Where do you start if you're trying to invent an engaging method to visualise climate change data? Ross Peake reports. This story was originally published by ANU Reporter.
Researchers at ANU considered graphs and pie charts to display climate data, before some lateral thinking threw up the idea of drink coasters.
The coasters visualise 12 months of climate data against long-term averages for Australian capital cities.
Each coaster shows two rings representing climate data: the inside ring compares daily temperatures to that location’s long-term average, while the outer ring shows the same visualisation for monthly temperatures.
Sitting on desks, bars or tables, the coasters should prompt discussion and reflection on Australia’s rapidly changing climate.
“They are engaging in a way that traditional graphs just aren’t,” Dr Mitchell Whitelaw from the ANU School of Art and Design says.
They are engaging in a way that traditional graphs just aren’t.
He and Dr Geoff Hinchcliffe specialise in creating objects that provide a tangible representation of data.
They collaborated with the ANU Climate Change Institute to create a small tangible visualisation for the Institute’s 2018 Climate Update event.
The coasters were so popular the researchers decided to build a website showing the same visualisation for more than 100 different locations around the country.
“Graphs can be static and hard to read, but having these visualisations live and online allows people to have a play around with them,” Whitelaw says.
“I hope in particular that schools can use this website to discuss climate change and build data literacy.”
Of the 112 locations shown on the Climate Coaster website, Charleville in south-west Queensland and Miles in the Western Downs region had the highest temperatures in 2017 compared to long-term averages – an increase of 2.6 degrees.
Of the capital cities, Canberra came out top with 2017 temperatures 1.7 degrees above the city’s long-term average. Brisbane’s monthly maximum temperatures exceeded the long-term average for eight months of the year.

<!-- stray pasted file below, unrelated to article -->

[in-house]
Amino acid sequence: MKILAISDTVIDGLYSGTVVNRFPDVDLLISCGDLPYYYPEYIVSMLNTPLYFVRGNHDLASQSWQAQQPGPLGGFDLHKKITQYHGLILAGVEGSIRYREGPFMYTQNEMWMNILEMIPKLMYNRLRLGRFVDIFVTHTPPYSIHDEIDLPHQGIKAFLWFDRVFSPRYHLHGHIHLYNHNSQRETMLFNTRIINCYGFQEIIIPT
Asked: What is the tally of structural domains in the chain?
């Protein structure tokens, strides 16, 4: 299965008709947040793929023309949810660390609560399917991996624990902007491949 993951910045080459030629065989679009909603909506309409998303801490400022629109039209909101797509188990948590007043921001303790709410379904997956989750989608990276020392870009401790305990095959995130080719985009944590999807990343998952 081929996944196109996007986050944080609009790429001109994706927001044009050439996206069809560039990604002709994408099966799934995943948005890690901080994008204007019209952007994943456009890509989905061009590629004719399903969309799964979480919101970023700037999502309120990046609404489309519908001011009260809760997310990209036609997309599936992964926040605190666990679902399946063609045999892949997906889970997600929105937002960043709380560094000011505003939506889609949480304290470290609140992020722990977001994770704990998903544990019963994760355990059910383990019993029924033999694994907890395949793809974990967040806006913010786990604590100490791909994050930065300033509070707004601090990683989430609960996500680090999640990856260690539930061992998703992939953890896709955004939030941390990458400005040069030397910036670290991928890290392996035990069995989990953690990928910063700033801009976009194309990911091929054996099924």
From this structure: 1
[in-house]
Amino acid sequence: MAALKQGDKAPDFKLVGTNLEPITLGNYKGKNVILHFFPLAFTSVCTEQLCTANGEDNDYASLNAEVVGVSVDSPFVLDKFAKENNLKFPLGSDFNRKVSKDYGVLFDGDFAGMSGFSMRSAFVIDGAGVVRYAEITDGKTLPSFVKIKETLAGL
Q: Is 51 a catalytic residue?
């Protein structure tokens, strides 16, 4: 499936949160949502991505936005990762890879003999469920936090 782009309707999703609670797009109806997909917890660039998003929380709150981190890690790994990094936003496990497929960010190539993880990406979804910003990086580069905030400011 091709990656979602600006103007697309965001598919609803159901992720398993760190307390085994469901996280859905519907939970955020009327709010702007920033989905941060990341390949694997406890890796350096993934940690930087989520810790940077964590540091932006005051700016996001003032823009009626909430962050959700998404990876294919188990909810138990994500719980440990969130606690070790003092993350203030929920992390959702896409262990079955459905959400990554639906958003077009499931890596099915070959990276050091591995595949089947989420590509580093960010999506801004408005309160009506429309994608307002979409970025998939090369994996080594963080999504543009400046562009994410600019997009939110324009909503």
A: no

Halls Creek in the East Kimberly region of Western Australia was the only location that did not experience any temperature increase in 2017.
What was the reaction when the coasters were unveiled at the climate update event?
“Everyone at the event was captivated,” Hinchcliffe says. “People were handling them, smelling them, asking about them, and everyone wanted more copies.
“So this online version is an opportunity for people to have a look through the visualisations for themselves.”
Visitors to the site can download coaster images for print and social media sharing or for laser cutting their own coasters.The researchers have also made bracelets representing 12 months of Canberra weather data, in the belief that tangible visualisations of data are a powerful way of helping people understand complex topics.
It makes the data much more real.
Dr Rebecca Colvin, knowledge exchange specialist at the Climate Change Institute, says the coasters are a conversation starter that help communicate climate data in a meaningful way.
“I think it is fantastic to have something so tangible – it makes the data much more real,” she says.
Dr Steven Crimp, a climate applications scientist at the Institute, says his role was to extract data from the Bureau of Meteorology archive.
“I worked very closely with the visualisation team to settle on a design that we thought would be accessible to the broader community,” he says.
“It’s important because it provides context for people. Without that context, it’s just a time series or a graph of numbers which really doesn’t have much connection to their day-to-day lives.
“But when you develop a visualisation that has that context, it is much more poignant in its meaning and effect on the way people see their environment, and then they see the value of the data.”